Granting privileges allows users those privileges until you remove them. To avoid such blanket permission, you may want to grant privileges on an as-needed basis. For example, certain users may need to run a program requiring one of the more powerful privileges. You can install the program with the necessary privilege by using the Install utility (INSTALL). Section 8.7.4 discusses installing privileged images in more detail.

An alternative to granting blanket privileges is to set up emergency or specialized privileged accounts. Users would log in to these privileged accounts only to perform specific functions. You have two options with this technique:
  • Establish a limited group of users who know about the account and are informed how to use it.

  • Create two accounts for the user, giving the privileges to one account but not to the other. In this case, the user would have the same UIC and the same default directory in each account. (This is the only case where VSI recommends shared UICs, because there is still only one actual user.) If you decide to adopt this dual account practice, avoid obvious user names that reveal which account is the privileged account.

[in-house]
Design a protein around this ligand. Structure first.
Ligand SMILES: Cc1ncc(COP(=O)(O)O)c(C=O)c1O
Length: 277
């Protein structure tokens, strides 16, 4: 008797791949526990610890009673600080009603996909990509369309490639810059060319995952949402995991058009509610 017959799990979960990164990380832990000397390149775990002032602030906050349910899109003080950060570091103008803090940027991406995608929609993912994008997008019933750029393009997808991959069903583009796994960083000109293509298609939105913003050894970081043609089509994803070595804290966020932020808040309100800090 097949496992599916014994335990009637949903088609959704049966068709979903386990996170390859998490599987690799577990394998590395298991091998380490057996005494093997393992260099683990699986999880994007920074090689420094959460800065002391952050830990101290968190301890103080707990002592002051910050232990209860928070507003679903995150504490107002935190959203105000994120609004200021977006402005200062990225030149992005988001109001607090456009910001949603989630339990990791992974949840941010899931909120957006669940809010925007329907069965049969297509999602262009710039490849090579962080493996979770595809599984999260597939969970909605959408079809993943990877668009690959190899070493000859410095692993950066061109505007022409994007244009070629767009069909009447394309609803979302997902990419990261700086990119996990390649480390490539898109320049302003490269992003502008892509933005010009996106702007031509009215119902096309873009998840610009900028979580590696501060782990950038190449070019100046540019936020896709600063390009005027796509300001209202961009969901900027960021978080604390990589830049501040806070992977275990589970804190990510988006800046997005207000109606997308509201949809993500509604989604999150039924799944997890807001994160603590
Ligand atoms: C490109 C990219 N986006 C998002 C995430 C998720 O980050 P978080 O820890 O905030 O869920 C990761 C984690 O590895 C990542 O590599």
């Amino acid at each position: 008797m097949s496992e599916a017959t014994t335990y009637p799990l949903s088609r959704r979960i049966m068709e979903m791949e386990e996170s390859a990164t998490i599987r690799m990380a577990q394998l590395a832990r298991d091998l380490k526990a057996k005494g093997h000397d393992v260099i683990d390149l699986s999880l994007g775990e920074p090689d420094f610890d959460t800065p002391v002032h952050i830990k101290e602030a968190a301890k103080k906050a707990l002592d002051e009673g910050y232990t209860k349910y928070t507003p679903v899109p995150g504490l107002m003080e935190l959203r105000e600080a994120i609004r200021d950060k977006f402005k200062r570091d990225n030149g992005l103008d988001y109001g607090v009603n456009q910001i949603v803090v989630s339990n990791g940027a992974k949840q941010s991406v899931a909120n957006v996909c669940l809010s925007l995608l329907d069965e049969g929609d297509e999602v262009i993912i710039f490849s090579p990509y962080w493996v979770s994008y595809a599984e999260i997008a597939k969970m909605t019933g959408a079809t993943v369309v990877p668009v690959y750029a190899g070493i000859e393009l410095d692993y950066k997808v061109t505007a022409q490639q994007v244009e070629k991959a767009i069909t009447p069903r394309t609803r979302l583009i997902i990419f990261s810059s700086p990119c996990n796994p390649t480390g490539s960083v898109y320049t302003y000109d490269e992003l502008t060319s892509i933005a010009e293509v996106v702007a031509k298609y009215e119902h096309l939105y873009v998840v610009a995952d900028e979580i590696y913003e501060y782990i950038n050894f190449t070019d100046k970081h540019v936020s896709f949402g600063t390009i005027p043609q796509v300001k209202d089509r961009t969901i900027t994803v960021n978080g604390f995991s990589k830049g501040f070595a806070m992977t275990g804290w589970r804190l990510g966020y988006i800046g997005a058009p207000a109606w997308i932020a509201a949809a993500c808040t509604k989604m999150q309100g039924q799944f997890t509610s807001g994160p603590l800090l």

With both options, you can place special restrictions on the privileged account, such as long passwords, brief password lifetimes, restricted hours, and limited modes of operation (no dialup, network, remote, or batch logins). In addition, limited account durations would force frequent consideration of privilege requirements.

Yet another alternative is to use protected subsystems, which are described in Chapter 14, and thereby eliminate the need for any system privileges.

8.7.4. Installing Images with Privilege